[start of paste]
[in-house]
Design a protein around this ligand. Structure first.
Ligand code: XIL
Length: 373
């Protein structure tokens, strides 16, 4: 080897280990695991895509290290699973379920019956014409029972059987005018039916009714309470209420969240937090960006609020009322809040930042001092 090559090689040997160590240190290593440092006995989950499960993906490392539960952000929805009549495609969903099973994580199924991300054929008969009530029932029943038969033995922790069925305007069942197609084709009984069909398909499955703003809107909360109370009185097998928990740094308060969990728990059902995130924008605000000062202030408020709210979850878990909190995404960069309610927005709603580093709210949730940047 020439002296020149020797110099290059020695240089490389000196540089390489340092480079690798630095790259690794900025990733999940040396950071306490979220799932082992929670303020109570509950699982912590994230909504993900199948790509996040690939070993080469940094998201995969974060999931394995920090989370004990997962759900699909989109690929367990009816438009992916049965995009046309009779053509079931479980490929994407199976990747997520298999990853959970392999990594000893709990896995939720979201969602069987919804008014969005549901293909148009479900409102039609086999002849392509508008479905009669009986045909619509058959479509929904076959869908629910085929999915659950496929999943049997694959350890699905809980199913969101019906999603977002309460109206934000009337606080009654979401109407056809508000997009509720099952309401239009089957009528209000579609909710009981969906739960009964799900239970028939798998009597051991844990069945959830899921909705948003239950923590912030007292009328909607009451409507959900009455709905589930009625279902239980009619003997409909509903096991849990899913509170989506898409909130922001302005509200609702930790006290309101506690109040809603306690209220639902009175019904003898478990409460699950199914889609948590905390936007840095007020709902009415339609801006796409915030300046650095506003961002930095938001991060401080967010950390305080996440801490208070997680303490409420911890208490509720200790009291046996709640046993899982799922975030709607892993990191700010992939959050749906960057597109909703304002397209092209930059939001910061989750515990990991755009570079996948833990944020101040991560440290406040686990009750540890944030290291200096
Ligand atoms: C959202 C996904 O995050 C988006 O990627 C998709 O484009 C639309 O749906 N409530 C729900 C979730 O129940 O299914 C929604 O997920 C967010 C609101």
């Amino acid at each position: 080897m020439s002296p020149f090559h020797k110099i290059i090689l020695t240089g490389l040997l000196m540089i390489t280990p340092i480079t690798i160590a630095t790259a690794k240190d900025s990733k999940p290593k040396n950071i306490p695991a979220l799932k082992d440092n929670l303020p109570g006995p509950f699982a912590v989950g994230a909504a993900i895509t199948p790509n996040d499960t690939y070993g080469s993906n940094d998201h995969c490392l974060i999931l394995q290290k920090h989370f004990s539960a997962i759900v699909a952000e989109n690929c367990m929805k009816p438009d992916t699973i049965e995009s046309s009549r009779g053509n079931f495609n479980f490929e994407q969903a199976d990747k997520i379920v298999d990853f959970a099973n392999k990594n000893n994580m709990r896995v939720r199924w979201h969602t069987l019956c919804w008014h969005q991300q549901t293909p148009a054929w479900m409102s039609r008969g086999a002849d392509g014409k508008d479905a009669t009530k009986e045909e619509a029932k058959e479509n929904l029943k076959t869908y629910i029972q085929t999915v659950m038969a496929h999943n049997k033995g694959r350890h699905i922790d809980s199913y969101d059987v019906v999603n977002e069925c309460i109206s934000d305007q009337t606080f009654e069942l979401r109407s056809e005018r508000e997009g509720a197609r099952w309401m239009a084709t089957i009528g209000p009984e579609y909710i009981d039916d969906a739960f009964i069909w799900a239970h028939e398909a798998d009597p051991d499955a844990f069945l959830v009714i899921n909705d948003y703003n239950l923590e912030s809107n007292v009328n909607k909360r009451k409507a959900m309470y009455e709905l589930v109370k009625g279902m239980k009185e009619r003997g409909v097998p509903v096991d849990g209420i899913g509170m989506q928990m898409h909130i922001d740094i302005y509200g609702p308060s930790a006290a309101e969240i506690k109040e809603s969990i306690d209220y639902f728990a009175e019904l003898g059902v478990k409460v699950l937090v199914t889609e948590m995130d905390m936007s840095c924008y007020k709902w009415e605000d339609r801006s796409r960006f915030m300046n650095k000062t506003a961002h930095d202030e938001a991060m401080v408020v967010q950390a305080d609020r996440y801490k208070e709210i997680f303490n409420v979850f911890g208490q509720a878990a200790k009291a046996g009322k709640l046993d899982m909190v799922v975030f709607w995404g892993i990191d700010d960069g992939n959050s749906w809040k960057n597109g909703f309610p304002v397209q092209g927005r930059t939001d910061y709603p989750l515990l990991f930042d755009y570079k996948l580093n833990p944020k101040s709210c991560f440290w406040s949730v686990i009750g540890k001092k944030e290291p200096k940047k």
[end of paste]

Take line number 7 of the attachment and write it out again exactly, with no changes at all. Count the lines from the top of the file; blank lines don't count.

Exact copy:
């Amino acid at each position: 080897m020439s002296p020149f090559h020797k110099i290059i090689l020695t240089g490389l040997l000196m540089i390489t280990p340092i480079t690798i160590a630095t790259a690794k240190d900025s990733k999940p290593k040396n950071i306490p695991a979220l799932k082992d440092n929670l303020p109570g006995p509950f699982a912590v989950g994230a909504a993900i895509t199948p790509n996040d499960t690939y070993g080469s993906n940094d998201h995969c490392l974060i999931l394995q290290k920090h989370f004990s539960a997962i759900v699909a952000e989109n690929c367990m929805k009816p438009d992916t699973i049965e995009s046309s009549r009779g053509n079931f495609n479980f490929e994407q969903a199976d990747k997520i379920v298999d990853f959970a099973n392999k990594n000893n994580m709990r896995v939720r199924w979201h969602t069987l019956c919804w008014h969005q991300q549901t293909p148009a054929w479900m409102s039609r008969g086999a002849d392509g014409k508008d479905a009669t009530k009986e045909e619509a029932k058959e479509n929904l029943k076959t869908y629910i029972q085929t999915v659950m038969a496929h999943n049997k033995g694959r350890h699905i922790d809980s199913y969101d059987v019906v999603n977002e069925c309460i109206s934000d305007q009337t606080f009654e069942l979401r109407s056809e005018r508000e997009g509720a197609r099952w309401m239009a084709t089957i009528g209000p009984e579609y909710i009981d039916d969906a739960f009964i069909w799900a239970h028939e398909a798998d009597p051991d499955a844990f069945l959830v009714i899921n909705d948003y703003n239950l923590e912030s809107n007292v009328n909607k909360r009451k409507a959900m309470y009455e709905l589930v109370k009625g279902m239980k009185e009619r003997g409909v097998p509903v096991d849990g209420i899913g509170m989506q928990m898409h909130i922001d740094i302005y509200g609702p308060s930790a006290a309101e969240i506690k109040e809603s969990i306690d209220y639902f728990a009175e019904l003898g059902v478990k409460v699950l937090v199914t889609e948590m995130d905390m936007s840095c924008y007020k709902w009415e605000d339609r801006s796409r960006f915030m300046n650095k000062t506003a961002h930095d202030e938001a991060m401080v408020v967010q950390a305080d609020r996440y801490k208070e709210i997680f303490n409420v979850f911890g208490q509720a878990a200790k009291a046996g009322k709640l046993d899982m909190v799922v975030f709607w995404g892993i990191d700010d960069g992939n959050s749906w809040k960057n597109g909703f309610p304002v397209q092209g927005r930059t939001d910061y709603p989750l515990l990991f930042d755009y570079k996948l580093n833990p944020k101040s709210c991560f440290w406040s949730v686990i009750g540890k001092k944030e290291p200096k940047k």